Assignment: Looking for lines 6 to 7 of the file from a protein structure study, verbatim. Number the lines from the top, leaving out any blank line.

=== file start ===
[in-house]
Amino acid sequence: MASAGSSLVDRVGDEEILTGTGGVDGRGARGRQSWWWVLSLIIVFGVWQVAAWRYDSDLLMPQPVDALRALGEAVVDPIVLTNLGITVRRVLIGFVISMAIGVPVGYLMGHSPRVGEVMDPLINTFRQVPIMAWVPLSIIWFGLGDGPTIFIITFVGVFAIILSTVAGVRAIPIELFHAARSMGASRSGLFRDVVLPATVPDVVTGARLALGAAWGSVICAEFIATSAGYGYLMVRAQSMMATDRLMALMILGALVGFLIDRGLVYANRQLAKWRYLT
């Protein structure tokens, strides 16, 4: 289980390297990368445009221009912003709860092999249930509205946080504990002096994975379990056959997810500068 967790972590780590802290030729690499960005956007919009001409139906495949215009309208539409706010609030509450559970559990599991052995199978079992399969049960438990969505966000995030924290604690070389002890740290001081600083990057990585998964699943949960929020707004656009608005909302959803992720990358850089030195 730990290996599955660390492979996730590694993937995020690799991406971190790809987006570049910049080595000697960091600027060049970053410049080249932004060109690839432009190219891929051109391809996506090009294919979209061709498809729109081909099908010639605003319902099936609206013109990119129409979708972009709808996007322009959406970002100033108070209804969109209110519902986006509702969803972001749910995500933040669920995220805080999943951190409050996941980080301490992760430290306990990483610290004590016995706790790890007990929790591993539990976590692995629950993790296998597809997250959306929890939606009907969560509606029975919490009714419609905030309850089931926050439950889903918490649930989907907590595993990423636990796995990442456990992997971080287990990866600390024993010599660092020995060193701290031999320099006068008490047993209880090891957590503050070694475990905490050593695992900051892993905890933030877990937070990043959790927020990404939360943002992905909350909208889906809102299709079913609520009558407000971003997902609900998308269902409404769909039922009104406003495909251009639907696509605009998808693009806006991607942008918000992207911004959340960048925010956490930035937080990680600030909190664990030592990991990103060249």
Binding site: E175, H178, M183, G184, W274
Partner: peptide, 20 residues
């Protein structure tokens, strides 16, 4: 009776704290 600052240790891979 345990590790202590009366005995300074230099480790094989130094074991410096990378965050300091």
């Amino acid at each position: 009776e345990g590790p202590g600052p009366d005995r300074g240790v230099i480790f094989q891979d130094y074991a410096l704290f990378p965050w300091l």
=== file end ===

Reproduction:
């Protein structure tokens, strides 16, 4: 009776704290 600052240790891979 345990590790202590009366005995300074230099480790094989130094074991410096990378965050300091």
């Amino acid at each position: 009776e345990g590790p202590g600052p009366d005995r300074g240790v230099i480790f094989q891979d130094y074991a410096l704290f990378p965050w300091l």